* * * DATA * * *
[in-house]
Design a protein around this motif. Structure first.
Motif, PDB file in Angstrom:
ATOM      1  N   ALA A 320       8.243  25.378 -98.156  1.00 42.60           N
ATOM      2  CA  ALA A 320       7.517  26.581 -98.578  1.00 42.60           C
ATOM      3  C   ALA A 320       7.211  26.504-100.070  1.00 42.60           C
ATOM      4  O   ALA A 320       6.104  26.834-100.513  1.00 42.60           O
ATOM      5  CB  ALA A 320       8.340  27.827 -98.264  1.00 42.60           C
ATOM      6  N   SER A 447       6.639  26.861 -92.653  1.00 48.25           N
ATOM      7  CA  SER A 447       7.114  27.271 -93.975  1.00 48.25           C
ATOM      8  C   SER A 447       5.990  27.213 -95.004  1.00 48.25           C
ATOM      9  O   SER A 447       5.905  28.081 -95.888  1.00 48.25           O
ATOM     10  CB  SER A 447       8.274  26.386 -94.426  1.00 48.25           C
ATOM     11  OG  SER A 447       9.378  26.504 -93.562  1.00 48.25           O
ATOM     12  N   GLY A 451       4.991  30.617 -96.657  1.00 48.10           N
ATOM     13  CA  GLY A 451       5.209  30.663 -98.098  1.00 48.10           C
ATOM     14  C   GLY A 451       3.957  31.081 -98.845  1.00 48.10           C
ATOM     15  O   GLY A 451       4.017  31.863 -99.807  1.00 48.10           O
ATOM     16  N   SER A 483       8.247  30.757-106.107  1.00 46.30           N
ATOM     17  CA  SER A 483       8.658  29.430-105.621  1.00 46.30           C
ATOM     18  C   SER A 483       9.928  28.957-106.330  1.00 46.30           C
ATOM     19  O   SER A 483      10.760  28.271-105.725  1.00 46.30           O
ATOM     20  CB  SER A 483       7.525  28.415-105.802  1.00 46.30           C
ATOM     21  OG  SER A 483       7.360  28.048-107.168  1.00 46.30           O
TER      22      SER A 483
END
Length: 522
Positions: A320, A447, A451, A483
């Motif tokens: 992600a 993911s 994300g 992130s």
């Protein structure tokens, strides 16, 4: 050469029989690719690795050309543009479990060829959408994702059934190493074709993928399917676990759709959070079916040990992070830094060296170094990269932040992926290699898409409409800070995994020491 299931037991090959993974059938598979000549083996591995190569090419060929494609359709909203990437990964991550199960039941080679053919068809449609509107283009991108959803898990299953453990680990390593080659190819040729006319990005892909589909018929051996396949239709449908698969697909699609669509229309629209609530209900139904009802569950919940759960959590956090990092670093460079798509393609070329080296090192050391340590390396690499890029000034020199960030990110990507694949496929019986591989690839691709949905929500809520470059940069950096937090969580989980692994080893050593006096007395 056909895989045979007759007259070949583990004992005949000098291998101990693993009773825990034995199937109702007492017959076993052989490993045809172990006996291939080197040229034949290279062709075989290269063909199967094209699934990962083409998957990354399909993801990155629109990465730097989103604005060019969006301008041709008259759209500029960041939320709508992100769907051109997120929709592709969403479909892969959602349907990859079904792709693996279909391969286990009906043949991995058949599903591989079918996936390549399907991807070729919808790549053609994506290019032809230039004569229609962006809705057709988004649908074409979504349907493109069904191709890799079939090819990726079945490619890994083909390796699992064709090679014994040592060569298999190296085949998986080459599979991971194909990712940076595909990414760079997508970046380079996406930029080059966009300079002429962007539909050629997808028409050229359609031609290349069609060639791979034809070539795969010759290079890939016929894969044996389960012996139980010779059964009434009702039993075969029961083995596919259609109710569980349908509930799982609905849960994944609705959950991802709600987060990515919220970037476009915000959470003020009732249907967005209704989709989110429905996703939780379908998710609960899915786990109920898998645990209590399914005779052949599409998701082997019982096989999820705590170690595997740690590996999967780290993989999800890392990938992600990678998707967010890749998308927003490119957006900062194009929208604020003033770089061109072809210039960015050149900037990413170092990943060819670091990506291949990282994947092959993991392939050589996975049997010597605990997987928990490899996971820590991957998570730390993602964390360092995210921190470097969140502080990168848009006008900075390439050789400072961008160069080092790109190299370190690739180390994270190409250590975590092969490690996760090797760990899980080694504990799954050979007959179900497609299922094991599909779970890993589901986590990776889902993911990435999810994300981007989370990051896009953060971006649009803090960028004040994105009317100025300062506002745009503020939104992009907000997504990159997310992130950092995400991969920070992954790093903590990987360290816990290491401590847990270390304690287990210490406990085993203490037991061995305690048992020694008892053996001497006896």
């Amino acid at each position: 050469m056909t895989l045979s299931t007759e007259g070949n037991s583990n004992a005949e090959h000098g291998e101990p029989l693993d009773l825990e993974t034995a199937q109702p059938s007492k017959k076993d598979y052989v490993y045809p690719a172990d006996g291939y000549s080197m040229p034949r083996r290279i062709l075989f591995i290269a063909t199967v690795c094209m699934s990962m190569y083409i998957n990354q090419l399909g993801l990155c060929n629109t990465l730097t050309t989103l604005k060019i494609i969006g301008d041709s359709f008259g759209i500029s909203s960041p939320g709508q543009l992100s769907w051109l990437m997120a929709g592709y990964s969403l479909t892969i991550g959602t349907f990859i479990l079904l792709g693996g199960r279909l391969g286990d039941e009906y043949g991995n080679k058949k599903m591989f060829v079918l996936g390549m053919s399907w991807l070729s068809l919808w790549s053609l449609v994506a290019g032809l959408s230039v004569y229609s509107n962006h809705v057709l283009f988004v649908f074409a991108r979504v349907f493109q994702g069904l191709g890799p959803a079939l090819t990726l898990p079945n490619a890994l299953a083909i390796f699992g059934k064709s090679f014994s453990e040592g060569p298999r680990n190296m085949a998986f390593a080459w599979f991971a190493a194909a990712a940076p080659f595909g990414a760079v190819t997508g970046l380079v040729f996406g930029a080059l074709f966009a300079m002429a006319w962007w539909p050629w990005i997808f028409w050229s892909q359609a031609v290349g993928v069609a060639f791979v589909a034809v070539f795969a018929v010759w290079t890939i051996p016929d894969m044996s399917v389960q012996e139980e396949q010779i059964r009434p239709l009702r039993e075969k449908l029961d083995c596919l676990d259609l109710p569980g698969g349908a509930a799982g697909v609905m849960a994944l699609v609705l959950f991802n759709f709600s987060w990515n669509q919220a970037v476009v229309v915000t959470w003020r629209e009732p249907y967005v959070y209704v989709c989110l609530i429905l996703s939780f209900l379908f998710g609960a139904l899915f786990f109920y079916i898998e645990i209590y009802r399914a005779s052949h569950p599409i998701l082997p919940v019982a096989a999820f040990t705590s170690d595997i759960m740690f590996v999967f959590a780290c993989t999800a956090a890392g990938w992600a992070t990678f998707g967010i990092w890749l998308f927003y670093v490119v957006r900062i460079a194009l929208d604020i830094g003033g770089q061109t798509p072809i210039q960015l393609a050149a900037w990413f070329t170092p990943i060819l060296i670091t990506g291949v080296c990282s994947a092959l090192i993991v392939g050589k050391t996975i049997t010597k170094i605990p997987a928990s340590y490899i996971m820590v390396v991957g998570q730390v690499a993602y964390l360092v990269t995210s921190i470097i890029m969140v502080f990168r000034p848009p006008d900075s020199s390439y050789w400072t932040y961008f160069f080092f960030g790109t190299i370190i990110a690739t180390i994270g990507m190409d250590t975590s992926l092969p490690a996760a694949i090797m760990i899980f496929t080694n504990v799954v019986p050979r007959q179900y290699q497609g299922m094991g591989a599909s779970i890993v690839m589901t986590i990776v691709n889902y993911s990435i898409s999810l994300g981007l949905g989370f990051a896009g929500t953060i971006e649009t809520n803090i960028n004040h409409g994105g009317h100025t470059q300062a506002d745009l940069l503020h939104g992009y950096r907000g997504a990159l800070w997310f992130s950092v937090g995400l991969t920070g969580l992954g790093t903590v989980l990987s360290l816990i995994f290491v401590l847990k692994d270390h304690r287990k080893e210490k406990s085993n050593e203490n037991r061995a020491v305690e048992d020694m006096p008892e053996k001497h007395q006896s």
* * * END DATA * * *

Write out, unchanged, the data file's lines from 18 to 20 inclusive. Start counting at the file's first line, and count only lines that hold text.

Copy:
ATOM     15  O   GLY A 451       4.017  31.863 -99.807  1.00 48.10           O
ATOM     16  N   SER A 483       8.247  30.757-106.107  1.00 46.30           N
ATOM     17  CA  SER A 483       8.658  29.430-105.621  1.00 46.30           C